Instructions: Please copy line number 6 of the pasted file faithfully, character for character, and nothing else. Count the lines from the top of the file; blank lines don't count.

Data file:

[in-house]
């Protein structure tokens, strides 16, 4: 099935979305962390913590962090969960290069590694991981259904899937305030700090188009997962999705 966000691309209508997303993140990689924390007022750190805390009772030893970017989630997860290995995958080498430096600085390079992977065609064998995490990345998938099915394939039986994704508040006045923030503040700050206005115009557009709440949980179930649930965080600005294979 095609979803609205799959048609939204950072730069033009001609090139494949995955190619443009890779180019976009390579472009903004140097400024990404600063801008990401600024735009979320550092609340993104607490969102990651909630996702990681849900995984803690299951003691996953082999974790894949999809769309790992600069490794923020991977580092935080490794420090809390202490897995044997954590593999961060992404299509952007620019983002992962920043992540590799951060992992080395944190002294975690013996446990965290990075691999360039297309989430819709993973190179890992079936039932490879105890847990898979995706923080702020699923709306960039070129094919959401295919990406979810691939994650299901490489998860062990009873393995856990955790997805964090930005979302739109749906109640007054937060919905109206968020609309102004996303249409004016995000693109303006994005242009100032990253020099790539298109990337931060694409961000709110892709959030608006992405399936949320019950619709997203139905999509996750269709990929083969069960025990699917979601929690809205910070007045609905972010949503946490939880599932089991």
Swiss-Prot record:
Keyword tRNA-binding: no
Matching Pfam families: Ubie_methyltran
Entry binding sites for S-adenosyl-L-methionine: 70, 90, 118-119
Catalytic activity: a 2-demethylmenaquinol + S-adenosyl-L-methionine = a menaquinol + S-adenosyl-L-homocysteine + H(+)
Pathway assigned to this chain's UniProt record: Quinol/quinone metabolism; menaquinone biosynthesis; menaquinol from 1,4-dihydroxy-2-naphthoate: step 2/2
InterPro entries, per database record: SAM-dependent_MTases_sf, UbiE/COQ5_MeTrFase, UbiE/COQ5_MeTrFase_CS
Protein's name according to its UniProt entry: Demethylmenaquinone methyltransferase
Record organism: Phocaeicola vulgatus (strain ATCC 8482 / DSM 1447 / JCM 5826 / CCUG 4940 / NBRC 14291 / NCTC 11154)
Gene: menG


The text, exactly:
Entry binding sites for S-adenosyl-L-methionine: 70, 90, 118-119